JUSTIN BARCIA’S ALL NEW GASGAS MC450F FACTORY EDITION
Justin Barcia has had some success at the opening rounds of Supercross for several years now.His seasons were typically around the top 5-10 mark after Anaheim 1 successes. In 2023 that’s all changed. He is battling for race wins and podiums every weekend. He was able to win the mud race in New York on this bike! The factory GASGAS MC450F athlete has all the pieces in place to win this season, including his all new TLD GASGAS MC450F Factory Edition featuring GPS, push button throttle body, RPM indicator, custom brake pedal, titanium axles, and more! Cody Champagne broke down all the details for us and showed Dirt Bike Magazine some really cool goodies! Let’s get into this!
THE FRONT END
Starting about a year ago Justin broke his finger and switched to a full waffle pattern to get better grip. He never switched back from them even after the finger injury healed. You can also see the billet throttle tube for durability that is used. The grips are wire tied on for safety precaution. The entire throttle housing is a factory component. Cody did tell us that Justin Barcia is picky with his throttle play and likes very little when riding the bike. The right side (brake) lever is thinner than the clutch side.
The front brake master cylinder by Brembo has a carbon cover wrapped around it. These cover protect the master cylinder from getting damaged by rocks or debris.
Renthal 827 bend handlebars are mounted to the MC450F. The bars are pretty parallel to the front forks and the risers used for the bars are 38mm.
The start/stop buttons mounted on the handlebars aren’t stock but we are going to keep it a secret where they come from. They are both smaller in size to keep the clutter on the handlebars to a minimum. The kill switch has a cover/housing around it so it doesn’t get bumped. Riders like Justin sometimes hit their chests on the bars and can inadvertently hit buttons. This housing will ensure that the button is damaged or knocked during a race.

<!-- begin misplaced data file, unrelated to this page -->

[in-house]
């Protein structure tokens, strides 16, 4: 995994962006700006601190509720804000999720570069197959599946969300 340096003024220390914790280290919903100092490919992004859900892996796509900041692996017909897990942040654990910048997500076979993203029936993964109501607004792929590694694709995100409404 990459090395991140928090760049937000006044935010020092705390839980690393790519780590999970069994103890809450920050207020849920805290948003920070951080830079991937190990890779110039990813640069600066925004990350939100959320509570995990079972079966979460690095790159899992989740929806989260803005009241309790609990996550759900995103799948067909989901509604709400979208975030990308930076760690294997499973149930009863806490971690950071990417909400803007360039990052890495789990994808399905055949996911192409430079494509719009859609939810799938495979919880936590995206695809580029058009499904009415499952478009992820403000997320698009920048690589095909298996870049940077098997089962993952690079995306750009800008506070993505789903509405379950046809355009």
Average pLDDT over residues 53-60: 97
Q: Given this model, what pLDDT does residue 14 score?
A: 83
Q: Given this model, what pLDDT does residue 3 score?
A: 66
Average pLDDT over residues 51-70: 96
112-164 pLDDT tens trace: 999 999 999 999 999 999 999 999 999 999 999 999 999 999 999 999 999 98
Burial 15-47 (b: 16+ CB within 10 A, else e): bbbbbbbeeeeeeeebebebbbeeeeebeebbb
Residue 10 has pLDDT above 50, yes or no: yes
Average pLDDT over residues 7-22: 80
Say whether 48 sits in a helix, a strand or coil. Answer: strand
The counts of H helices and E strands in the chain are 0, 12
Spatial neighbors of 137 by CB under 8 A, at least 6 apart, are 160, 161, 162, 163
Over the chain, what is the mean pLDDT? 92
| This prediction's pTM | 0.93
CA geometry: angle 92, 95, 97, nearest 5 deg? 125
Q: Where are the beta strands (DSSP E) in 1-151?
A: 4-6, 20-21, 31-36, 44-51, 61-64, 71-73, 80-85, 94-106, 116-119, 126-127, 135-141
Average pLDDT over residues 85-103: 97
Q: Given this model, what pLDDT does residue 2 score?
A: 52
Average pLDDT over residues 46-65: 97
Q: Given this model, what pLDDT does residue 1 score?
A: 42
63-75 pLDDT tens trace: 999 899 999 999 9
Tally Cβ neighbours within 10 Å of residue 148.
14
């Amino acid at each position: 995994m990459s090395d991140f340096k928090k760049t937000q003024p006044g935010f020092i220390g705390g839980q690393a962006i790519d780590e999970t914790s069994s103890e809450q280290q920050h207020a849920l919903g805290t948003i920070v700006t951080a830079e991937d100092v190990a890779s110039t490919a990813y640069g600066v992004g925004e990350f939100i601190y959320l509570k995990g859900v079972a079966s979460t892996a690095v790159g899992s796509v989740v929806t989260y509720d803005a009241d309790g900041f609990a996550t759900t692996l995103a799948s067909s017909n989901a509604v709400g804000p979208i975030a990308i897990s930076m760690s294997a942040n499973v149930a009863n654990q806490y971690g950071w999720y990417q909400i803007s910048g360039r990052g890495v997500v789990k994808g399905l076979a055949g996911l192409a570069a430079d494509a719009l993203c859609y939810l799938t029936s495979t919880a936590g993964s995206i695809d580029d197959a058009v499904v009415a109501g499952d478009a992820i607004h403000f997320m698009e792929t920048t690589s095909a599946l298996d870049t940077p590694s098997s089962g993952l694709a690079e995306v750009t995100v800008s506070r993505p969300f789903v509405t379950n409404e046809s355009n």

22 offset cherry red split triple clamps are mounted to Barcia’s race bike. The team has tried 24’s with quarter out races but he prefers the current 22mm offset with standard steering races instead.
Up front we can find the WP 52mm XACT Pro forks. These are spring forks. Its interesting that Yamaha comes with spring forks stock but a lot of their factory riders run air. KTM/Husqvarna/GASGAS come stock with air but a lot of their riders run spring. Justin is really picky about the overall balance of his bike front to rear. It has to be spot on and he can tell when its not.
Kite is supplying the holeshot device to the team. At the beginning of the season Justin was actually at a higher setting than now. The team has gone deeper into the stroke since then to help his starts. They noticed the bike’s front end was riding into a wheelie off the gate and wanted to suck it down more for Justin to have a better chance at being up front out of the gate.
A titanium front axle is used on Justin’s bike. You can see they aren’t running fork guard straps like some of the factory bikes in the paddock. The team is actually running titanium front axle, rear axle, and swing-arm pivot. KITE hubs with DID Dirt start rims are used on the race bike.
Up front you can see the Dunlop spec (factory) front tire. The team has tested several options for the front tire. He settled on the one you see in the photo above. A couple of the other options he tried just grabbed too much and didn’t let me sling the bike around the way he likes to with his unique/aggressive riding approach.
A 270mm front rotor is attached to the bike with a full coverage carbon guard. This guard protects the entire brake system but also acts like a ski. This will slide through a deep rut much easier and the team doesn’t risk the caliper or hangar getting hung up in the rut.You can see the factory Brembo caliper and hangar in this photo.
The black box you see on the neck of the frame is a GPS unit. The GPS provides a location on the track to the team to match up with the data pulled off the motorcycle while it is running. The team can go back to the truck and analyze the data along with rider feedback to make changes. They can pin point on the track where an issue or a change might be needed based on the data they are pulling.